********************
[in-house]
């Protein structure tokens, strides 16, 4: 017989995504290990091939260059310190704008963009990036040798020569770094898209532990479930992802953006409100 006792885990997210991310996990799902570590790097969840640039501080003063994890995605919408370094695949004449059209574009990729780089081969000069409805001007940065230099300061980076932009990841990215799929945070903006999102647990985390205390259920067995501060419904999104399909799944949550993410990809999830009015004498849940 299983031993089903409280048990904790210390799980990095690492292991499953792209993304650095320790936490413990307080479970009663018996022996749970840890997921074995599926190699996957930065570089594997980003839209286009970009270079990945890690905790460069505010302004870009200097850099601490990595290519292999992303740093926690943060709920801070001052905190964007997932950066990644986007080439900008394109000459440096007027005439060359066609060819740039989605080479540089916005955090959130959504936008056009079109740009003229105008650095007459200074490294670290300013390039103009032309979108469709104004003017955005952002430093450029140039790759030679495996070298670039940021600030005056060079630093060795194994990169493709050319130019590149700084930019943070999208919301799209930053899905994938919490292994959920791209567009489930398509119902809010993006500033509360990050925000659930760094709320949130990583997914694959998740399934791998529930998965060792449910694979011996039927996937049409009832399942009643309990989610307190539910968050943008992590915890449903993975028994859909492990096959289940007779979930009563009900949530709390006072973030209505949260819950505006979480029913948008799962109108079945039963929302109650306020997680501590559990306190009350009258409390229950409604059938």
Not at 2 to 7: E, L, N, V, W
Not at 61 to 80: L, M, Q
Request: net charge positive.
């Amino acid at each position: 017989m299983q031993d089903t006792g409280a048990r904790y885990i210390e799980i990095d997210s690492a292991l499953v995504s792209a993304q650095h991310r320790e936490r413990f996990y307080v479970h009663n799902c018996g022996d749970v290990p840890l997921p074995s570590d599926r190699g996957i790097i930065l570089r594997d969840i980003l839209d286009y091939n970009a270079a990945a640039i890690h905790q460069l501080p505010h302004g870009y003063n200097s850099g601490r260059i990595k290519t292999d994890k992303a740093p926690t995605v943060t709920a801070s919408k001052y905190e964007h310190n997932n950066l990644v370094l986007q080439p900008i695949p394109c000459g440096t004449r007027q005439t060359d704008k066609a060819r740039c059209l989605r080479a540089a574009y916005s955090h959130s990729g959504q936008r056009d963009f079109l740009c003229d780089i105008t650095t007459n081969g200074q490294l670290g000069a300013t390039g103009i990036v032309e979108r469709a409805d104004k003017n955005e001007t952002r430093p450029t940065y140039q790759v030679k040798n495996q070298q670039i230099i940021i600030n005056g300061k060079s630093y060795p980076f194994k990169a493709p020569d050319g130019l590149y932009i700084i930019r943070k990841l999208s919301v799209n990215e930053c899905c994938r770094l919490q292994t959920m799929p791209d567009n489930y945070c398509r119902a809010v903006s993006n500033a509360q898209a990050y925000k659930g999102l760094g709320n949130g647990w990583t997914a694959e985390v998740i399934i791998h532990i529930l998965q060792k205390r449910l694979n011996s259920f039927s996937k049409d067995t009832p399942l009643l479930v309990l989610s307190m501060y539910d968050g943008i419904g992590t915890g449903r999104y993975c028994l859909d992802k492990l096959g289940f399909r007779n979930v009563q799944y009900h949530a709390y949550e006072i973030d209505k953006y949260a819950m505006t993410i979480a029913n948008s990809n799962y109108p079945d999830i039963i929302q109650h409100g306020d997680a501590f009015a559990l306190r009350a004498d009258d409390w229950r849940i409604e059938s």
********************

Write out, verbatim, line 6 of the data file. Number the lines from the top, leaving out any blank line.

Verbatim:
């Amino acid at each position: 017989m299983q031993d089903t006792g409280a048990r904790y885990i210390e799980i990095d997210s690492a292991l499953v995504s792209a993304q650095h991310r320790e936490r413990f996990y307080v479970h009663n799902c018996g022996d749970v290990p840890l997921p074995s570590d599926r190699g996957i790097i930065l570089r594997d969840i980003l839209d286009y091939n970009a270079a990945a640039i890690h905790q460069l501080p505010h302004g870009y003063n200097s850099g601490r260059i990595k290519t292999d994890k992303a740093p926690t995605v943060t709920a801070s919408k001052y905190e964007h310190n997932n950066l990644v370094l986007q080439p900008i695949p394109c000459g440096t004449r007027q005439t060359d704008k066609a060819r740039c059209l989605r080479a540089a574009y916005s955090h959130s990729g959504q936008r056009d963009f079109l740009c003229d780089i105008t650095t007459n081969g200074q490294l670290g000069a300013t390039g103009i990036v032309e979108r469709a409805d104004k003017n955005e001007t952002r430093p450029t940065y140039q790759v030679k040798n495996q070298q670039i230099i940021i600030n005056g300061k060079s630093y060795p980076f194994k990169a493709p020569d050319g130019l590149y932009i700084i930019r943070k990841l999208s919301v799209n990215e930053c899905c994938r770094l919490q292994t959920m799929p791209d567009n489930y945070c398509r119902a809010v903006s993006n500033a509360q898209a990050y925000k659930g999102l760094g709320n949130g647990w990583t997914a694959e985390v998740i399934i791998h532990i529930l998965q060792k205390r449910l694979n011996s259920f039927s996937k049409d067995t009832p399942l009643l479930v309990l989610s307190m501060y539910d968050g943008i419904g992590t915890g449903r999104y993975c028994l859909d992802k492990l096959g289940f399909r007779n979930v009563q799944y009900h949530a709390y949550e006072i973030d209505k953006y949260a819950m505006t993410i979480a029913n948008s990809n799962y109108p079945d999830i039963i929302q109650h409100g306020d997680a501590f009015a559990l306190r009350a004498d009258d409390w229950r849940i409604e059938s």